Roast Beef, Cheddar Cheese, and Herr’s Ketchup Chips

Credit: Sarah Demonteverde / Walmart / iStock

Don’t call it a Smashburger—this lovely idea comes from myself and from editor-in-chief Justine Sterling. Basically, the goal here is to re-create a burger with sliced deli meat. Take thin slices of roast beef, top them with American cheese, then bake that in the oven to melt the cheese and warm the meat. After a few minutes, the meat and cheese out of the oven and place them on some bread. Then add a thin smear of mayonnaise and some Herr’s Ketchup chips to form your special sauce. Add some thinly sliced dill pickles, and, friends, you’ve got yourself a Flat Burger™. It’s got all of the same components as a burger: beef, cheese, mayo, ketchup, and pickles, but the ketchup chips add a mouth-smacking amount of salt, tang, and crunch.

Jalapeño Popper Grilled Cheese 

Herr’s Jalapeño Poppers Cheese Curls and a Grilled Cheese

Credit: Sarah Demonteverde / Walmart / iStock

We love Herr’s Jalapeño Poppers cheese curls so much. I even introduced these to Rhett & Link, and they were floored by how good the flavor is. The jalapeño flavor is robust, the cheddar cheese flavor bold, and they are also well-salted. The snack itself is addicting, but adding some of these to a grilled cheese will provide delicious salt and spice. Plus, the cheddar cheese flavor in these curls has a slightly tangy component to it, which adds to the complexity of the grilled cheese itself. Sometimes, you just can’t resist putting a hat on a hat. The light crisp of the cheese curls adds enough crunch without overdoing it; you still get to enjoy the melty and velvety nature of the grilled cheese.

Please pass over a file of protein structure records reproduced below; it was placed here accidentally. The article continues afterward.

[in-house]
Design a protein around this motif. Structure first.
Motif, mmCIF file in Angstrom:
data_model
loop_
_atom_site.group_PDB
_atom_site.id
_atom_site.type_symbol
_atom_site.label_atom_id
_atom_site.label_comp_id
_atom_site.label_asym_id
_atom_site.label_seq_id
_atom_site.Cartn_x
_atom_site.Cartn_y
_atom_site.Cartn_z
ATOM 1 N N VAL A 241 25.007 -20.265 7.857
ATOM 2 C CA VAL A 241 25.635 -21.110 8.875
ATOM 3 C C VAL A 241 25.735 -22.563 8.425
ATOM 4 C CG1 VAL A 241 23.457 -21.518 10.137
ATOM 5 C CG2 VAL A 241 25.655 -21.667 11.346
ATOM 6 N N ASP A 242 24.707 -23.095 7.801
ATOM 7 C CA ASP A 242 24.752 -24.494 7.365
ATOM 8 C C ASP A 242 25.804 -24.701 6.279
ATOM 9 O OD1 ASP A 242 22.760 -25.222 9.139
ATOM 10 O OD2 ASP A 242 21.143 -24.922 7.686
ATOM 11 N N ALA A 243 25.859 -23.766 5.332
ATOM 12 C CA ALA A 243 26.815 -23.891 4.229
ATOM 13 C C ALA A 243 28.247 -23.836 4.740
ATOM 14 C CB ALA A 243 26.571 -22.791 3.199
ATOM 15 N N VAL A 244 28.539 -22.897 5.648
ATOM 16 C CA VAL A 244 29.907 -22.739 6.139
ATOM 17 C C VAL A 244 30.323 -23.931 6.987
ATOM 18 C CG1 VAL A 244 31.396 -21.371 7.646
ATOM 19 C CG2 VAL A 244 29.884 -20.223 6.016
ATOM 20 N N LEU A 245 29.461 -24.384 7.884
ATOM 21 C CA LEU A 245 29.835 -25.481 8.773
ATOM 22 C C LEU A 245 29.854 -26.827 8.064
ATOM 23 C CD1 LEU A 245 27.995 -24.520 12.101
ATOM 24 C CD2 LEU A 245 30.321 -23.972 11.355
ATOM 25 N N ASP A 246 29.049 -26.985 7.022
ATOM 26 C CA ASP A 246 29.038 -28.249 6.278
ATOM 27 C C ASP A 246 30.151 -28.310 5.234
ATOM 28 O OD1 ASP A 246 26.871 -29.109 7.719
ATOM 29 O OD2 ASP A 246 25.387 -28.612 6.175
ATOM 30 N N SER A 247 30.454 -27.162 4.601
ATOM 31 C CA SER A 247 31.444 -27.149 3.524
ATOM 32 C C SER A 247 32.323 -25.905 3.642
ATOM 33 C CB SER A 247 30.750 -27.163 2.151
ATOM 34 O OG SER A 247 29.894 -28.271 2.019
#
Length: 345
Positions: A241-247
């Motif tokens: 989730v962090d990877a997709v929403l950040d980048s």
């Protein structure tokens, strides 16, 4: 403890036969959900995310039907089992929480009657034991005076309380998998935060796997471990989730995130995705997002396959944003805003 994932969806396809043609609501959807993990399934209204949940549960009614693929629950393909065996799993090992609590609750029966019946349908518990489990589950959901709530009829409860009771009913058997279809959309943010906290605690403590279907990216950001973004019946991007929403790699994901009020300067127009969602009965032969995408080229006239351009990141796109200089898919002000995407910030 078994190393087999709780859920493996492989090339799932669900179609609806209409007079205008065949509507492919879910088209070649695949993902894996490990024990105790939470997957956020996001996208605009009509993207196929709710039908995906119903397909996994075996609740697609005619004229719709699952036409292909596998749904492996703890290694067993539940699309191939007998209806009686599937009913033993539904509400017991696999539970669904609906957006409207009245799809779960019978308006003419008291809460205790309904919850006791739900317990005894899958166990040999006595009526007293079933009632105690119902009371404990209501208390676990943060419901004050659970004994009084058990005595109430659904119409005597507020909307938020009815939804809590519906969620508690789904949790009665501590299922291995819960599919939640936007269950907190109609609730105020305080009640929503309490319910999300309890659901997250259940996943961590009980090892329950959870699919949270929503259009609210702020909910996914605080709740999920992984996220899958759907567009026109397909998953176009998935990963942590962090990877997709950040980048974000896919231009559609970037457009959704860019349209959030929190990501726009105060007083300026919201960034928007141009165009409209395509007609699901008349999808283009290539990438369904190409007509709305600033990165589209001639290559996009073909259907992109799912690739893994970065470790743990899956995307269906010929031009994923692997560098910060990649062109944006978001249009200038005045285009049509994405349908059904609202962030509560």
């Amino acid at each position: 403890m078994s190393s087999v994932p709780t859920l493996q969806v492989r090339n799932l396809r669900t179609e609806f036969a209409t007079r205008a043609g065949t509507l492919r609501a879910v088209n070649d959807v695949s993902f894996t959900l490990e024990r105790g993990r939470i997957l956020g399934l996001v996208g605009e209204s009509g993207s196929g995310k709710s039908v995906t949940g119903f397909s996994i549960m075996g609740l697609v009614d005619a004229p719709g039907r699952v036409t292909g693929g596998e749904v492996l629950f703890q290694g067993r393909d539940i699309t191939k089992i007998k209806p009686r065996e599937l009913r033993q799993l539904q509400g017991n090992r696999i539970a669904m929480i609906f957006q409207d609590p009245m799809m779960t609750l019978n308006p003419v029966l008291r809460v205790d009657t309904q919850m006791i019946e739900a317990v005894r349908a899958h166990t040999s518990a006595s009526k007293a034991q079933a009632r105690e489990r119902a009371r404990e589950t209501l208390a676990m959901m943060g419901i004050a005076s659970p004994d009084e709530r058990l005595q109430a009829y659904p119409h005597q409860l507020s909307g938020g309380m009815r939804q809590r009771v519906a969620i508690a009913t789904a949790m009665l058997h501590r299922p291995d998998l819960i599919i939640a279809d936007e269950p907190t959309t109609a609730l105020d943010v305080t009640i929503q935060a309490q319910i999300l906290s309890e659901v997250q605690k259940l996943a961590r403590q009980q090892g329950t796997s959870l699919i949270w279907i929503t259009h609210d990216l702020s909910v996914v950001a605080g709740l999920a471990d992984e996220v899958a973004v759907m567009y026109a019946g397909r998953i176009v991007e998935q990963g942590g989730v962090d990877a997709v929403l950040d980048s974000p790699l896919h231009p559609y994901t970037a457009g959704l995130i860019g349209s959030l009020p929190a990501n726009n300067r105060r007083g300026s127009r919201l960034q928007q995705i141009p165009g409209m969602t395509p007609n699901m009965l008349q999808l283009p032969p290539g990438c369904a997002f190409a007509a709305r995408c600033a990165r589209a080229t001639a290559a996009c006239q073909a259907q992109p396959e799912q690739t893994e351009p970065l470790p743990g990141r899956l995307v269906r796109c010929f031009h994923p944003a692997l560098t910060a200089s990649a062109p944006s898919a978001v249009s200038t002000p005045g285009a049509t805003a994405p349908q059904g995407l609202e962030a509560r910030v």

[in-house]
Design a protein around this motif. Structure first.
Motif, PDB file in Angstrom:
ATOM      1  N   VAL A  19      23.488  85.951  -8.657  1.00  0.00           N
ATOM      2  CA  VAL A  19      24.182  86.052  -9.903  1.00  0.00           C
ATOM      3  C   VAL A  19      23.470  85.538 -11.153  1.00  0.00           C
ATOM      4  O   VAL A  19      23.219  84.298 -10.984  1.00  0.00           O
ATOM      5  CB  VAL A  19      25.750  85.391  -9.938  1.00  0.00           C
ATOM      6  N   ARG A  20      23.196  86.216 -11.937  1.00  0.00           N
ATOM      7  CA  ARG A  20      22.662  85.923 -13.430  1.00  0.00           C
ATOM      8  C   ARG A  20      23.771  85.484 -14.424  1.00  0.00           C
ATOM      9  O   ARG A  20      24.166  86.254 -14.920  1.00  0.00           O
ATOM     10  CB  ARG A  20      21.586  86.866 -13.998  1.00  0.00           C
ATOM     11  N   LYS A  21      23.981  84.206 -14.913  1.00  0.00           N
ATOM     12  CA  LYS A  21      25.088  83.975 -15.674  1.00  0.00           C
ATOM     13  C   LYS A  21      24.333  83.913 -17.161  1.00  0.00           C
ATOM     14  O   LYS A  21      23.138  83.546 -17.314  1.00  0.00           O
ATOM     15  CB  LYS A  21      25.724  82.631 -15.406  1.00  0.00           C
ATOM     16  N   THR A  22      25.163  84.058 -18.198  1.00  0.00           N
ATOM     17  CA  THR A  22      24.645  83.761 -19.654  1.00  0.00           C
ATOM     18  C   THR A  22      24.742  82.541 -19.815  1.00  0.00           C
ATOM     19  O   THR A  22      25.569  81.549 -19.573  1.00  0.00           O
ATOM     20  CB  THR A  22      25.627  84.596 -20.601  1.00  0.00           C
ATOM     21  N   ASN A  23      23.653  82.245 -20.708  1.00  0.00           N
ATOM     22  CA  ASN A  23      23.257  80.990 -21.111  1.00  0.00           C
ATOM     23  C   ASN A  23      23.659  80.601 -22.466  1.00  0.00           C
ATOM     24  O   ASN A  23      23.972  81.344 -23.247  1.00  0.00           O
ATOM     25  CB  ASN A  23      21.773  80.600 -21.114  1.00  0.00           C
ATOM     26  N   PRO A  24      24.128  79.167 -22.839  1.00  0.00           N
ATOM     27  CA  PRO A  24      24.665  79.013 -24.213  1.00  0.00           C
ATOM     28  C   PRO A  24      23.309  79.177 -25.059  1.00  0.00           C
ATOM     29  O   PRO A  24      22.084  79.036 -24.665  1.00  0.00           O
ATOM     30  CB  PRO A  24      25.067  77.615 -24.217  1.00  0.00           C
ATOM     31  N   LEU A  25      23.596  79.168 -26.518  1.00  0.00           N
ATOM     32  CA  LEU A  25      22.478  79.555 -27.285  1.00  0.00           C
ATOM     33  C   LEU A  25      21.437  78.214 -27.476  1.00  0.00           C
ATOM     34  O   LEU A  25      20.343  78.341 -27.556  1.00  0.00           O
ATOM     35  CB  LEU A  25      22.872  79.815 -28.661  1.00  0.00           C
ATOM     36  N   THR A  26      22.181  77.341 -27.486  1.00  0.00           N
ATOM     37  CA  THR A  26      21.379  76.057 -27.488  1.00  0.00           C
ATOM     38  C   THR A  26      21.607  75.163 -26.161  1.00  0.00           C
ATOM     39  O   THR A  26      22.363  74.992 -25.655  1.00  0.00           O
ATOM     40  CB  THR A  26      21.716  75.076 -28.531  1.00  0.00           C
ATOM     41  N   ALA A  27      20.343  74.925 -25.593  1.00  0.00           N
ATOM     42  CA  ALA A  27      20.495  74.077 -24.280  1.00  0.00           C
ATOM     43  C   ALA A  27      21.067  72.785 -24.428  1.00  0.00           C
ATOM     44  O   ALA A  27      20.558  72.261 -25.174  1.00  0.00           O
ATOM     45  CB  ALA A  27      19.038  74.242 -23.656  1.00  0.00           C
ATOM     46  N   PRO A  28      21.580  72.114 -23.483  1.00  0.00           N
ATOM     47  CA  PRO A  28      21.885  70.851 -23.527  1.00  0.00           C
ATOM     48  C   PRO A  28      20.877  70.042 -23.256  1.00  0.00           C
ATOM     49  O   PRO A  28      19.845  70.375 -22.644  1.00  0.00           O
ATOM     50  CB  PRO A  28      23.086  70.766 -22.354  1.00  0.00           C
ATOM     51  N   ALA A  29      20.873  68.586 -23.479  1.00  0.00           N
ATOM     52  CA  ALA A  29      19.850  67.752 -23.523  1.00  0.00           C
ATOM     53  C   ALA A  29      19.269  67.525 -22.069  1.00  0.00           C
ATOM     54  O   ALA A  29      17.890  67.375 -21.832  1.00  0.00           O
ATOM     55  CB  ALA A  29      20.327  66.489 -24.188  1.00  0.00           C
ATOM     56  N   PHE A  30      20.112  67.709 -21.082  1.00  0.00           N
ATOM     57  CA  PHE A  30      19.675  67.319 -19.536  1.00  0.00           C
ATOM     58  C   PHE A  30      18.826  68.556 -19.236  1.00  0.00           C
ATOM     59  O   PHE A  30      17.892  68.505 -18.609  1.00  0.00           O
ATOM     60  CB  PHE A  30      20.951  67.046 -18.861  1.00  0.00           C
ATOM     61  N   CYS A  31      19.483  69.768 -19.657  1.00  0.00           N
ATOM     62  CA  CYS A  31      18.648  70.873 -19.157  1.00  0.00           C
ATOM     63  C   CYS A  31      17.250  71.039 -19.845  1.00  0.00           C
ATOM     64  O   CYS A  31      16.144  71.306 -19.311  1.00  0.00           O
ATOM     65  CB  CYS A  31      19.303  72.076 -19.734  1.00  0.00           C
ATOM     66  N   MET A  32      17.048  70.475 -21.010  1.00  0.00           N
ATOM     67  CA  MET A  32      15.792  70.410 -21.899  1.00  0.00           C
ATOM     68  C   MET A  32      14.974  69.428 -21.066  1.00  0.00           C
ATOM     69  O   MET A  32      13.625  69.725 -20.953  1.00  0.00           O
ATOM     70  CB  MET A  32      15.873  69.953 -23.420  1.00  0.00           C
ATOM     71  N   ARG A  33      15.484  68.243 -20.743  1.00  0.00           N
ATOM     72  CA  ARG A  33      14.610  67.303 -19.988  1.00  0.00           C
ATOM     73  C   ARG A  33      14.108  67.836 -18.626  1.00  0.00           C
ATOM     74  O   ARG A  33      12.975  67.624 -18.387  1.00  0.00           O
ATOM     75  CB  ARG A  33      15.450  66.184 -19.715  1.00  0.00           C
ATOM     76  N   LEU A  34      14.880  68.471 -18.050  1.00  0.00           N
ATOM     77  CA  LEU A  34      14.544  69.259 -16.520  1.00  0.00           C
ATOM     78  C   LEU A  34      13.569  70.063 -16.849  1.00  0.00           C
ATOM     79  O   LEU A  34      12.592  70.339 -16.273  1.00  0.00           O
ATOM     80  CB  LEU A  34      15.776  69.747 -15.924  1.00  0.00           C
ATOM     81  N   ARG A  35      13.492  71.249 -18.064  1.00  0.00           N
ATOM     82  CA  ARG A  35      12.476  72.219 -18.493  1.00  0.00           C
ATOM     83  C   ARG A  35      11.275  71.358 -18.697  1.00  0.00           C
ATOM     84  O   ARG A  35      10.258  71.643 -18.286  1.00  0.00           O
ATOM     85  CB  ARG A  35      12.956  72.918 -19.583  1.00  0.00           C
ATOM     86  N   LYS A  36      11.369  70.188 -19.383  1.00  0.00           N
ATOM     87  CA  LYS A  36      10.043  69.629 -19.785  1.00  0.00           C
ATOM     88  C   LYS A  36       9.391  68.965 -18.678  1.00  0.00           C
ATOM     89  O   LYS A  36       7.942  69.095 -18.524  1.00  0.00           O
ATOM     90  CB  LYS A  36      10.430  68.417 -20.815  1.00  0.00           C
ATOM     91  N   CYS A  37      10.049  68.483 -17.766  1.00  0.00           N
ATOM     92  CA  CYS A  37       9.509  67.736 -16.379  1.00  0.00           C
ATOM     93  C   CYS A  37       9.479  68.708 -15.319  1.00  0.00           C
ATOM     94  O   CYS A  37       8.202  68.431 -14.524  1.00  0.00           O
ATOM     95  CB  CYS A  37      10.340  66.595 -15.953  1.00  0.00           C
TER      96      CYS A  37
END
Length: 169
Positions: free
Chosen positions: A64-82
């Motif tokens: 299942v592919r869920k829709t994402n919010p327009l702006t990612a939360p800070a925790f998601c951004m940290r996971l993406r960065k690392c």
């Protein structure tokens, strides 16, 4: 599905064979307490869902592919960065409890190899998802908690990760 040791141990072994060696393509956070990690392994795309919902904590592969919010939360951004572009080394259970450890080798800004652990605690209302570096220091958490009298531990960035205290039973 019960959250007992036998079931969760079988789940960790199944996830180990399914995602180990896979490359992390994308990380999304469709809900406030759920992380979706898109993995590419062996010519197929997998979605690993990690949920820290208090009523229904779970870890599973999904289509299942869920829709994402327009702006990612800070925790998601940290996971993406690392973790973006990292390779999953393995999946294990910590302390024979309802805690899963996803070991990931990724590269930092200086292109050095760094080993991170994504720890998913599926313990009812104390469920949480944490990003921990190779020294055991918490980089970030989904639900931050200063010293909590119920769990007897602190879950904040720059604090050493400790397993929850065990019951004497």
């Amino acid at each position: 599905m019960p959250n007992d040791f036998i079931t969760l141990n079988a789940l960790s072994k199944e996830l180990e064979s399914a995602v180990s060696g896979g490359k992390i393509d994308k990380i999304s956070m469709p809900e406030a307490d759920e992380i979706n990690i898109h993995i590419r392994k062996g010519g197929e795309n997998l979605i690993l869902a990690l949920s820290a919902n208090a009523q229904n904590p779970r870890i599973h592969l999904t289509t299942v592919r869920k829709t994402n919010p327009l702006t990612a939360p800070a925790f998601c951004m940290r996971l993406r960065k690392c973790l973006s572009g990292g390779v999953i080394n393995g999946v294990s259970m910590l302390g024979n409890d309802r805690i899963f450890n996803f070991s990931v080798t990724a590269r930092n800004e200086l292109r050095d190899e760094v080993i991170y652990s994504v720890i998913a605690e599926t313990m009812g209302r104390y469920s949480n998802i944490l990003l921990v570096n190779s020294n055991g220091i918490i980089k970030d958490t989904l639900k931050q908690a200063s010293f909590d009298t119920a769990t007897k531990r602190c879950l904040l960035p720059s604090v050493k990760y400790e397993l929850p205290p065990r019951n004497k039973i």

Potato Stix Primanti Brothers Sandwich

Pastrami Sandwich with Utz Potato Stix

Credit: Sarah Demonteverde / Walmart / iStock

I’m from Western Pennsylvania, where french fry-stacked sandwiches like the ones served at Primanti Brothers have become an institution, but I’ve never truly been a fan of fries on a sandwich. I am, admittedly, much more of a french fries on a salad type of guy. That said, this is a french fries-and-sandwich combo I can get down with. Make your meat-heavy sandwich of choice (though I fully recommend using pastrami here), add some coleslaw, provolone cheese, and some Utz Potato Stix. Potato Stix are retro (the packaging still looks very 1970s), but they pack a lovely fried potato flavor. The potatoes are crispy like a chip, and the lightly salted, somewhat greasy nature of these things is delectable. Fresh french fries on a sandwich are just too squishy, while potato stix actually offer some great, needed texture to make a pastrami sandwich sing.

About the Author

Danny Palumbo

Danny is a comedian, cook, and food writer living in Los Angeles. He loves gas station eggs, canned sardines, and Easter candy. He also passionately believes that all the best chips come from Pennsylvania (Herr's!). If you can't understand Danny when he talks, it's because he's from Pittsburgh.